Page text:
The unique flavours of Fossa is what got me interested in them in the first place, but after searching around more on their website, I realised that they didn’t just create special flavours of chocolate, but they also use cacao beans from different parts of the world.

Cacao beans harvested from specific regions all have vastly different flavours, and thus the resulting chocolate bars all differ from one another in terms of flavour. They’re not just all chocolate – there are nuances in their flavours that you’ll only be able to taste with each bar.

Take for example, their Pak Eddy and Rehoboth Estate bars. The cacao beans in the Pak Eddy bar are harvested in Indonesia and have a very creamy almond flavour with hints of cinnamon and nutmeg. Meanwhile, the cacao beans in the Rehoboth Estate bar are harvested in The Philippines and carry a sharp, prune-y flavour.

Not Everything Is Sweet

It wasn’t easy for Jay, Yilina, and Charis at the start, with a lack of prior experience in chocolate making.

Making good chocolate takes experience, skills and knowledge of cacao from farm to factory. The moment the trio started making the chocolates, it hit them that there were so many things to learn about chocolate and cacao.

They then researched heavily on the internet, got their hands on as many books on the topic as they could, spoke to chocolate makers overseas, did numerous trials and visited farms to learn about cacao cultivation and post-harvesting.

“The first few batches of chocolate we made were nasty but fortunately, they got better.”

Even so, the process is labour intensive and require high-quality ingredients which may be difficult and expensive to source.

In a market flooded with cheap mass-produced chocolate that people are used to, the trio say that it is an uphill task to change consumers’ and retailers’ mindsets that good chocolate should be priced reasonably higher.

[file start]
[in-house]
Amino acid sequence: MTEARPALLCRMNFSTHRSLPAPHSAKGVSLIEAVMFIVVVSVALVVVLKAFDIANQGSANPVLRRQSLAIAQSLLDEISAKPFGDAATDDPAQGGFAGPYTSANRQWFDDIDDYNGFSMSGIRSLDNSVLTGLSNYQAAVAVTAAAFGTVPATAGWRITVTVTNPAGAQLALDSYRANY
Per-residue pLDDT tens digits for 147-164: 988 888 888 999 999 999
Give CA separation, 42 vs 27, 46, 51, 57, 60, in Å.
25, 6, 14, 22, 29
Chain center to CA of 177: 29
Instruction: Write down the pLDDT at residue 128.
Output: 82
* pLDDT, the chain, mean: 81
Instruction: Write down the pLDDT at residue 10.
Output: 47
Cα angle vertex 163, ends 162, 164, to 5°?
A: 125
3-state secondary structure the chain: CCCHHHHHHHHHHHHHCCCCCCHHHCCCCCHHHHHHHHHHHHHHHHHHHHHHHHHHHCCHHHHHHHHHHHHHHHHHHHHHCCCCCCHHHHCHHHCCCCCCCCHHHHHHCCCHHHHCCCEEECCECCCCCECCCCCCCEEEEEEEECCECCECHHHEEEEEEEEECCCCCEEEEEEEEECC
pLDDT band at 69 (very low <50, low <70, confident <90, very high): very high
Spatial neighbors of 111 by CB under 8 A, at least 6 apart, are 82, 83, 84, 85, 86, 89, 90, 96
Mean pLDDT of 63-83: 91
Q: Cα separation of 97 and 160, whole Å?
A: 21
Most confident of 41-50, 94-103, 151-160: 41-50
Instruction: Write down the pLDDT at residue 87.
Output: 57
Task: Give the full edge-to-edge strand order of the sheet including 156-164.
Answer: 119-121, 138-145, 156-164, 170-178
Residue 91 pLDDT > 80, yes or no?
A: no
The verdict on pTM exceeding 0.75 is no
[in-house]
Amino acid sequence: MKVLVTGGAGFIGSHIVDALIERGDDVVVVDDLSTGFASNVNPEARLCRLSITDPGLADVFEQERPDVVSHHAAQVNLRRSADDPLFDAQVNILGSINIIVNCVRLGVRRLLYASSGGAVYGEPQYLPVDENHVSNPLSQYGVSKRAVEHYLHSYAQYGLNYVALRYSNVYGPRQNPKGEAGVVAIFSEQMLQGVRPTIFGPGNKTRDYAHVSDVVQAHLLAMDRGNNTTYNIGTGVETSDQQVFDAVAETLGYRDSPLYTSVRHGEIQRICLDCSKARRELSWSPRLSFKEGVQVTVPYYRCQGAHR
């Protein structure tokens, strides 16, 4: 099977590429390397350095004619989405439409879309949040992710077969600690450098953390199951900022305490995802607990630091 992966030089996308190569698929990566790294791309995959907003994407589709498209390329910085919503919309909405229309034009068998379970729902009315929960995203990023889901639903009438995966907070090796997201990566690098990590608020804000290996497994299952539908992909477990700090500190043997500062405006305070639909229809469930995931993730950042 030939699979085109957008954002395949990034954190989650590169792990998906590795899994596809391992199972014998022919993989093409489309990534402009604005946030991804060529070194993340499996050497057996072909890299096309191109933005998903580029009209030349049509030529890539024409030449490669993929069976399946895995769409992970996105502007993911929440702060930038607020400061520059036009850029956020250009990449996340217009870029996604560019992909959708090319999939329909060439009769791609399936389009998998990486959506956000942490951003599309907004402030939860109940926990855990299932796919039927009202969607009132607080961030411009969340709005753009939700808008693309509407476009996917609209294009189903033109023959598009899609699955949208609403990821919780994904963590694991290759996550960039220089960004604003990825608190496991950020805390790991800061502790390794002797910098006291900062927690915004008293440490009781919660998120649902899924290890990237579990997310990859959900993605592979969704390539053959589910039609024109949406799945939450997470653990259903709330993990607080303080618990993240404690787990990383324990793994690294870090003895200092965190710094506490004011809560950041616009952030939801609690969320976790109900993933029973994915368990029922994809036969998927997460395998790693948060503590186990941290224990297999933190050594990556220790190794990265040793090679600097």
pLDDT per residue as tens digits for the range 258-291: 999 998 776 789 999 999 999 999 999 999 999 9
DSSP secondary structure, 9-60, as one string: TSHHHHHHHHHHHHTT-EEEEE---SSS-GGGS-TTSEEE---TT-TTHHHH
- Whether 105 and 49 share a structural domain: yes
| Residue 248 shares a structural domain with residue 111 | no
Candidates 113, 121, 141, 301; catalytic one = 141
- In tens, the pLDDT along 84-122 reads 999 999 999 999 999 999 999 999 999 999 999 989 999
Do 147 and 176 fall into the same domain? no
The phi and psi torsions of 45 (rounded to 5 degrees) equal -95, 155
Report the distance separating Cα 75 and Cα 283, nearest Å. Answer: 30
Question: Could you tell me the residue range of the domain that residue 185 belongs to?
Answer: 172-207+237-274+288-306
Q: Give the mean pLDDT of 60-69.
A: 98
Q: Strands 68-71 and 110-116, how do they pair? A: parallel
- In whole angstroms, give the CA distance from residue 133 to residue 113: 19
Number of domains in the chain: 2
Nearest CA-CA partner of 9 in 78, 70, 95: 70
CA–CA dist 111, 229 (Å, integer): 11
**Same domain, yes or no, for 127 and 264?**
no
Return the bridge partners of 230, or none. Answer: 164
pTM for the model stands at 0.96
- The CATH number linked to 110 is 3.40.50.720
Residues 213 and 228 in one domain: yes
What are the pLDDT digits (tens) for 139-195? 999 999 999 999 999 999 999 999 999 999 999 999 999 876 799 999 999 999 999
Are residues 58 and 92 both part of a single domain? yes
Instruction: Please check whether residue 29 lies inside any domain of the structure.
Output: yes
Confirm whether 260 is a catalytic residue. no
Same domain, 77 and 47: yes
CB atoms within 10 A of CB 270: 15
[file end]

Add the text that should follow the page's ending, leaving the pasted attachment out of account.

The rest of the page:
“We have not fully overcome this challenge yet but we’re doing our best to make even better chocolates in the hopes that there will be more “Ah-ha! This chocolate is so good! Now I know why it’s more expensive!” moments for people.

Fossa Chocolate: More Than Just The Bar

Chocolate doesn’t need to be just chocolate or the classic flavours – there are nuances in every cacao bean that you can help customers taste with the right ingredients.

When I asked them for their final words, they gave me advice for those who want to create something of their own as well:

“People imagine that starting a business is a bit glamorous and you get to work flexible hours. But there’s really a lot of dirty work, blood, sweat and tears involved behind the scenes that most wouldn’t know of.”

“There are also opportunity costs involved and sacrifices to make, such as the time you have for social activities, leisure activities, and even family time. Read up, talk to entrepreneurs and people of the trade to understand their experiences and journeys because that might help you understand if you’re ready to start a business.”